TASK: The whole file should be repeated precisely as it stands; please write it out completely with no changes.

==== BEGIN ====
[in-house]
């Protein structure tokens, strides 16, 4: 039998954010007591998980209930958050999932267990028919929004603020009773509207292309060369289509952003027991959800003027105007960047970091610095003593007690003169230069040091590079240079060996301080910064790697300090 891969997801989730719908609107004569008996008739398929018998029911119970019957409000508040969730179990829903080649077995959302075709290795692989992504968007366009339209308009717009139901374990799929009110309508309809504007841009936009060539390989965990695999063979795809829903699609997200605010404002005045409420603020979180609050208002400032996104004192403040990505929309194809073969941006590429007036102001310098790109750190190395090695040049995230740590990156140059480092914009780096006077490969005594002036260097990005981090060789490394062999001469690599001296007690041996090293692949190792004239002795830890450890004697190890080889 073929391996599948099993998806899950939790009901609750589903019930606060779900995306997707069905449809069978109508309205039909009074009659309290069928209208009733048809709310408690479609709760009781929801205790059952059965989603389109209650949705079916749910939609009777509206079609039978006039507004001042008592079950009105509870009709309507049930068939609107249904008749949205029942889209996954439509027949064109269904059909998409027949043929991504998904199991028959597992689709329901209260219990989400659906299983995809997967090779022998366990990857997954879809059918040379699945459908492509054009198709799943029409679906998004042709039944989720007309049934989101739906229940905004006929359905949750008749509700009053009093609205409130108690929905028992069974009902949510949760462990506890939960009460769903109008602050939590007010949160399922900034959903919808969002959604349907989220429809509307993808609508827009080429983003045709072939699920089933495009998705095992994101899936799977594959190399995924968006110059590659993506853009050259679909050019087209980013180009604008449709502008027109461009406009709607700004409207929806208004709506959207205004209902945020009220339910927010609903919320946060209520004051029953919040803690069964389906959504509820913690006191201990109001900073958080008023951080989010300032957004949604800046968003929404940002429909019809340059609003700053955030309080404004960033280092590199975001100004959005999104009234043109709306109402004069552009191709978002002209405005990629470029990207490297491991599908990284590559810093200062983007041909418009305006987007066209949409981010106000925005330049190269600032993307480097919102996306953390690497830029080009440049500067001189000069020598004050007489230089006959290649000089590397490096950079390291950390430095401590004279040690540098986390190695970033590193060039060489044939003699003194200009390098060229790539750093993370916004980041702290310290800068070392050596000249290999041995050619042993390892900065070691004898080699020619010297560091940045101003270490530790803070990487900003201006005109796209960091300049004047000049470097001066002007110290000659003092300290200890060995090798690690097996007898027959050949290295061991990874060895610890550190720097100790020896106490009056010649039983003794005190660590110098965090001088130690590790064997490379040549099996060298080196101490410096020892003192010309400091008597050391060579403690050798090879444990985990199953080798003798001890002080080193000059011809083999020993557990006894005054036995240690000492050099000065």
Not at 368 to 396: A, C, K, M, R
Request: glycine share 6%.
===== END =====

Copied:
[in-house]
């Protein structure tokens, strides 16, 4: 039998954010007591998980209930958050999932267990028919929004603020009773509207292309060369289509952003027991959800003027105007960047970091610095003593007690003169230069040091590079240079060996301080910064790697300090 891969997801989730719908609107004569008996008739398929018998029911119970019957409000508040969730179990829903080649077995959302075709290795692989992504968007366009339209308009717009139901374990799929009110309508309809504007841009936009060539390989965990695999063979795809829903699609997200605010404002005045409420603020979180609050208002400032996104004192403040990505929309194809073969941006590429007036102001310098790109750190190395090695040049995230740590990156140059480092914009780096006077490969005594002036260097990005981090060789490394062999001469690599001296007690041996090293692949190792004239002795830890450890004697190890080889 073929391996599948099993998806899950939790009901609750589903019930606060779900995306997707069905449809069978109508309205039909009074009659309290069928209208009733048809709310408690479609709760009781929801205790059952059965989603389109209650949705079916749910939609009777509206079609039978006039507004001042008592079950009105509870009709309507049930068939609107249904008749949205029942889209996954439509027949064109269904059909998409027949043929991504998904199991028959597992689709329901209260219990989400659906299983995809997967090779022998366990990857997954879809059918040379699945459908492509054009198709799943029409679906998004042709039944989720007309049934989101739906229940905004006929359905949750008749509700009053009093609205409130108690929905028992069974009902949510949760462990506890939960009460769903109008602050939590007010949160399922900034959903919808969002959604349907989220429809509307993808609508827009080429983003045709072939699920089933495009998705095992994101899936799977594959190399995924968006110059590659993506853009050259679909050019087209980013180009604008449709502008027109461009406009709607700004409207929806208004709506959207205004209902945020009220339910927010609903919320946060209520004051029953919040803690069964389906959504509820913690006191201990109001900073958080008023951080989010300032957004949604800046968003929404940002429909019809340059609003700053955030309080404004960033280092590199975001100004959005999104009234043109709306109402004069552009191709978002002209405005990629470029990207490297491991599908990284590559810093200062983007041909418009305006987007066209949409981010106000925005330049190269600032993307480097919102996306953390690497830029080009440049500067001189000069020598004050007489230089006959290649000089590397490096950079390291950390430095401590004279040690540098986390190695970033590193060039060489044939003699003194200009390098060229790539750093993370916004980041702290310290800068070392050596000249290999041995050619042993390892900065070691004898080699020619010297560091940045101003270490530790803070990487900003201006005109796209960091300049004047000049470097001066002007110290000659003092300290200890060995090798690690097996007898027959050949290295061991990874060895610890550190720097100790020896106490009056010649039983003794005190660590110098965090001088130690590790064997490379040549099996060298080196101490410096020892003192010309400091008597050391060579403690050798090879444990985990199953080798003798001890002080080193000059011809083999020993557990006894005054036995240690000492050099000065």
Not at 368 to 396: A, C, K, M, R
Request: glycine share 6%.